By: Sarah Frey, MS, CMT & Robert Neff, Ph.D., CMT
Lately, it seems that doping allegations have dominated sports news as some of today’s most revered athletes make headlines and disappoint millions of fans. In one swift moment our sport idols turn from hero to villain, quickly over-shadowing all of their accomplishments, natural talent, and honest effort put forth to achieve their success. Without a doubt news like this forces every sport fan to ask one question: Why?
Professional athletes who have succumbed to the pressures of their high profile positions in sport list reasons for doping which include the belief that doping is the only way to compete, win, or maintain their competitive advantage. Additional justifications given by athletes for doping, specifically for steroid use include the desire to stimulate muscle growth, build strength, assist with recovery, and for aging athletes, keep them at or above the competitive level of younger athletes.
What Exactly is Doping?
There are five types of doping that remain prevalent in today’s professional sports, and the usage greatly varies depending on the demands of the sport. Stimulants are used to increase focus and endurance. Narcotics are primarily used to facilitate the recovery process. Diuretics are used by athletes aiming to control or lose weight. Steroids are used by athletes looking to increase their strength. The fifth and final form of doping, and possibly one of the most difficult to detect due to the similarities between the natural and drug versions, is the use of blood enhancers, or EPO, which helps increase an athlete’s oxygen capacity by boosting their red blood cell count.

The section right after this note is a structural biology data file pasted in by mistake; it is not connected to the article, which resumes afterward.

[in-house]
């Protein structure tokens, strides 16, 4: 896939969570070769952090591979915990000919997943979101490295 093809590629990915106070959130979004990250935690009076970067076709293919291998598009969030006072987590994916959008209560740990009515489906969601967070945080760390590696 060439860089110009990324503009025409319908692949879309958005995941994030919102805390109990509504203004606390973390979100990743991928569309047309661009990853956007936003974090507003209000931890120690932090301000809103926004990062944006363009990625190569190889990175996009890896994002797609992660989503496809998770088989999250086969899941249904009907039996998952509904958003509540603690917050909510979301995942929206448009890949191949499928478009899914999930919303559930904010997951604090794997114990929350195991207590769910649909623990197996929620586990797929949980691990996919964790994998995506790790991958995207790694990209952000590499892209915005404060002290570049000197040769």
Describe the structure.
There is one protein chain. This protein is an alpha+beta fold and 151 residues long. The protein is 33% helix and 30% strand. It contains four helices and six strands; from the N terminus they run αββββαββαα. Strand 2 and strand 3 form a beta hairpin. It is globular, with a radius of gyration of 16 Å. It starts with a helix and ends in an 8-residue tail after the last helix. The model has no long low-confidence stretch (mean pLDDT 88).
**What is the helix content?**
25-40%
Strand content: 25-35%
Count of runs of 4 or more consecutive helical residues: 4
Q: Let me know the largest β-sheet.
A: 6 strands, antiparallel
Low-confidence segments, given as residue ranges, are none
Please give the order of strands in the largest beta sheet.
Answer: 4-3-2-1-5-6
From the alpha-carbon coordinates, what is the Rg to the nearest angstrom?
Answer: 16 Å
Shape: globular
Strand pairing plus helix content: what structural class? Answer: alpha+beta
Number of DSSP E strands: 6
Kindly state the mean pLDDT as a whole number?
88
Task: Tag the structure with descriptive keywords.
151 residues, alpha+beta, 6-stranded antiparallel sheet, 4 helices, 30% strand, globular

Unfortunately, the Texas Rangers’ Nelson Cruz and the New York Yankees’ Alex Rodriguez, who were among several baseball stars accused of receiving steroid injections from a facility in Miami, are no longer household names purely for their baseball talent. And of course we can’t forget to mention Lance Armstrong, who recently confirmed his use of EPO throughout each of the seven Tour de France’s he competed in. Besides losing their career or being stripped of prestigious victories or titles, the list of risks associated with doping is extensive and serious. Athletes can experience mood swings, paranoia, sleep problems, heart problems, or high blood pressure. Steroid use also increases the risk of developing an injury, experiencing joint and muscle pain, damaging the liver, testicular shrinkage, addiction, and depression or suicide.
The BEST Way to Enhance Performance
Fortunately, there is one form of performance enhancement available for athletes that is completely natural, safe, and effective – mental training. Through strengthening the mind and applying mental skills learned from a Mental Trainer®, athletes can develop and maintain the competitive edge they’re looking for to reach their highest potential within their sport. The mind is more powerful than most give it credit for, and is certainly more powerful than doping; especially considering that at the end of the day, remaining in control of our thoughts and emotions while performing is the ultimate indicator of our success.
About Mental Training, Inc.
Mental Training, Inc. was founded in 2006 by Robert Neff, Ph.D. with the goal of helping good athletes become great. MTI and its 25 Certified Mental Trainers® offer 1-on-1 mental training with amateur, professional, and Olympic athletes. Services also include programs designed for teams, associations, and school districts. Extending beyond sports, Mental Training, Inc. also works with executives, managers and salespeople, helping them control their thoughts and emotions while equipping them with the mental tools to perform their best when it matters most.
Mental Training, Inc.